Our journey also featured invited speakers. Each woman shared her story, inviting us to enter thoughtfully into her experience and think deeply about how various social issues have intersected and impacted women throughout US history.

Famous activist Rev. Dr. Ruby Sales highlighted the under-recognized leadership and advocacy of women of color at the forefront of the Civil Rights Movement. She also spoke to the dual violation of black female slaves in this country: “black female slaves were worked like men and used like women.” She emphasized that black female slaves endured the same hard physical labor as men and were additionally forced to take on the added labor and trauma of producing children (for sale) like breeding livestock. When their owners “worked them like men,” they were even forced to dress like men—stripping them of their femininity.

We also heard from an undocumented Latina mother. She shared her torturous fifteen-year saga of entrances, detentions, and deportations going to and from Mexico and the US. This mother was driven simply and solely by the hope of any loving mother—to make enough money to spare her daughters from being trafficked. In her effort to do so, she was disowned by her family for not bringing back more money, tortured and sexually assaulted by border personnel, and eventually overcome with hopelessness and driven to the brink of suicide. Tears rolled down her cheeks as she told her story through an interpreter. We cried with her.

Rev. Dr. Grace Lee (executive director, Women of Wonder—WOW!) was a panel participant in a presentation at the historic Chinese Baptist Church in Chinatown, NYC. She and three others explained the struggles and vulnerabilities of Asian women immigrants both historically and presently, and how they advocate for and empower Asian women.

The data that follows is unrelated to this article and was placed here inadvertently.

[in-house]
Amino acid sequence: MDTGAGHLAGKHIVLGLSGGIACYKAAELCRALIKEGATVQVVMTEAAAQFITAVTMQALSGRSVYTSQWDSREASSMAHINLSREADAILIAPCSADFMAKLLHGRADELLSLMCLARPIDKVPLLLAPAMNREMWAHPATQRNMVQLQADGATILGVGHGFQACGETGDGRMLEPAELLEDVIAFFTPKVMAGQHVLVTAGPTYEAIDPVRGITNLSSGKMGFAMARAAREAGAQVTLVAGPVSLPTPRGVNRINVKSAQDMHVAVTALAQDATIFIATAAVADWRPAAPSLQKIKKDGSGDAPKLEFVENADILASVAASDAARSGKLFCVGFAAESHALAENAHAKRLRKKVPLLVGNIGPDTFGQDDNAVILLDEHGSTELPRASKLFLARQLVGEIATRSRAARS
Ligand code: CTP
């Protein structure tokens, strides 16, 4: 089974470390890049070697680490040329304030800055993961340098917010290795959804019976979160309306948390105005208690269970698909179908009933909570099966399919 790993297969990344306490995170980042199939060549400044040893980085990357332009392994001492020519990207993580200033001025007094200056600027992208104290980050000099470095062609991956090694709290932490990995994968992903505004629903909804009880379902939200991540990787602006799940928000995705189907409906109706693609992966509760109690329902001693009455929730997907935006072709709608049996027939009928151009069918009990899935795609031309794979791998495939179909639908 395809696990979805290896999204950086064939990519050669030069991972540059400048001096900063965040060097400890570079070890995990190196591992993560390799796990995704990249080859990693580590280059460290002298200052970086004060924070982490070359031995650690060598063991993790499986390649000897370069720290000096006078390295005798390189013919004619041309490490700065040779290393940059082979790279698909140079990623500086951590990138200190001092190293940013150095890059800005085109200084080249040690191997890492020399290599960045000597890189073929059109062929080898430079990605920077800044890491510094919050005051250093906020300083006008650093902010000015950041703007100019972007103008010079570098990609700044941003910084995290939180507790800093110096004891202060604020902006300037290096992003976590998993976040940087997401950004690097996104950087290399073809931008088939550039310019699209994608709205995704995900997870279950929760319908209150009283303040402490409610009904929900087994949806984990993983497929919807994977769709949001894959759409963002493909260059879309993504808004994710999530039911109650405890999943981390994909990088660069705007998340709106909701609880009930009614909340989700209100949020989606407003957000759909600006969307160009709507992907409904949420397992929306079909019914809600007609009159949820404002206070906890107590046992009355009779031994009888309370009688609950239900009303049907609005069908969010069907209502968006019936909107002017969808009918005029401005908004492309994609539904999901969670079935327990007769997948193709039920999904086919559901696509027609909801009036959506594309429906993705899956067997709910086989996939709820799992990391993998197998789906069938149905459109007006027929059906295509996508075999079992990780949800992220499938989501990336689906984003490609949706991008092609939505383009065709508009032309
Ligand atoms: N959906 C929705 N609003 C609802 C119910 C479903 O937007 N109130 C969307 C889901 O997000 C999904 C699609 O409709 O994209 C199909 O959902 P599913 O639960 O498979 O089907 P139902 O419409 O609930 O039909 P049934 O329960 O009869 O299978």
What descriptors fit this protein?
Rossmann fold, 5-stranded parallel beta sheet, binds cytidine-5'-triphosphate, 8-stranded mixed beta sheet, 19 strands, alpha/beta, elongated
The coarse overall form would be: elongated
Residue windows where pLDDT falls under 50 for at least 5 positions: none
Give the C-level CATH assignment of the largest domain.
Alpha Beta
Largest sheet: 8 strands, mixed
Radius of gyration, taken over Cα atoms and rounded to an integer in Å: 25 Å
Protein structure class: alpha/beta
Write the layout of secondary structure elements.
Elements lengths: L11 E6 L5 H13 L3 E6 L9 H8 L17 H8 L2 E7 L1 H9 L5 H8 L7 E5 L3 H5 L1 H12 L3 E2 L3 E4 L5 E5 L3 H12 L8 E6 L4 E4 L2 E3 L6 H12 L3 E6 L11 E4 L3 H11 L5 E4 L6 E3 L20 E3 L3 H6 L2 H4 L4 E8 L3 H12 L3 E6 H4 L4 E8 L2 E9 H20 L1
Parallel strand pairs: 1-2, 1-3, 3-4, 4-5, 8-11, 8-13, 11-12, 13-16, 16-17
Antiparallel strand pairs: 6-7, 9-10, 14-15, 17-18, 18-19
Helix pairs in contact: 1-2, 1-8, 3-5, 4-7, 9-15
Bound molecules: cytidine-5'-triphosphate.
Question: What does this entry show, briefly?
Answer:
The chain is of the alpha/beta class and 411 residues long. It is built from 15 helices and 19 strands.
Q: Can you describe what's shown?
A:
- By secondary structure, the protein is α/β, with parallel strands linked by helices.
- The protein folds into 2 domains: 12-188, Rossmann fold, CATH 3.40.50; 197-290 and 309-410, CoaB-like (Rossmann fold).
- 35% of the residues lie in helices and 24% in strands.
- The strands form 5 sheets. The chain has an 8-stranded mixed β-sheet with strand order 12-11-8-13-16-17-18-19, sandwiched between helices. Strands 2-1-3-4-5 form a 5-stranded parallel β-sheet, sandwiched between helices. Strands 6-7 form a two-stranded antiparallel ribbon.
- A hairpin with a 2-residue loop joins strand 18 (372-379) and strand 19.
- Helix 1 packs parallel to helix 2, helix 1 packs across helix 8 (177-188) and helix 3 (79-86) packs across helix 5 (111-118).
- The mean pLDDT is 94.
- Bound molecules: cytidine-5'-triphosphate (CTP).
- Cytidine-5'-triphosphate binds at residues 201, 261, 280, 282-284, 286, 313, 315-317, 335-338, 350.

On the third evening of the pilgrimage, CBE Washington DC Chapter president, pastor Jeannette Cochran, and DC chapter member, pastor Rosetta Robinson shared their passion for mutuality and gender justice in the church. They told of their journeys as women in pastoral ministry, and the harmful effects of patriarchy on the lives of Christian women and in Christian marriages.

On the final day, we headed to Capitol Hill to advocate for women’s rights. We each had appointments with legislators on both sides of the aisle to share about the #RubyWooPilgrimage and voice our support for policies that benefit women and families.

As I reflect on the pilgrimage, I find it remarkable that the first people to demand women’s equality were Christians! These mid-19th century faith-driven revolutionaries gathered inside church walls to fight for justice! It was a full-circle moment when congresswoman Maxine Waters spoke to our group and quoted Dr. Martin Luther King Jr.: “The church is the conscience of the state.” 

God not only transforms individuals, but whole systems and structures through them. Policy returns full circle to bear on each of God’s beloved children. God is redeeming his image-bearers and reminding them of their creation-given vocation of dominion—to serve, protect, and cultivate the wellness of creation. And, those sacred image-bearers are in turn advocating for just systems, structures, and policies. 

We are our foremothers’ wildest dream. We have freedom and power they could only imagine. We have come a very, very long way. And yet, the #RubyWooPilgrimage was a poignant reminder of how far we have to go before all women—especially women of color—are freed to fully realize our Creator’s wildest dream.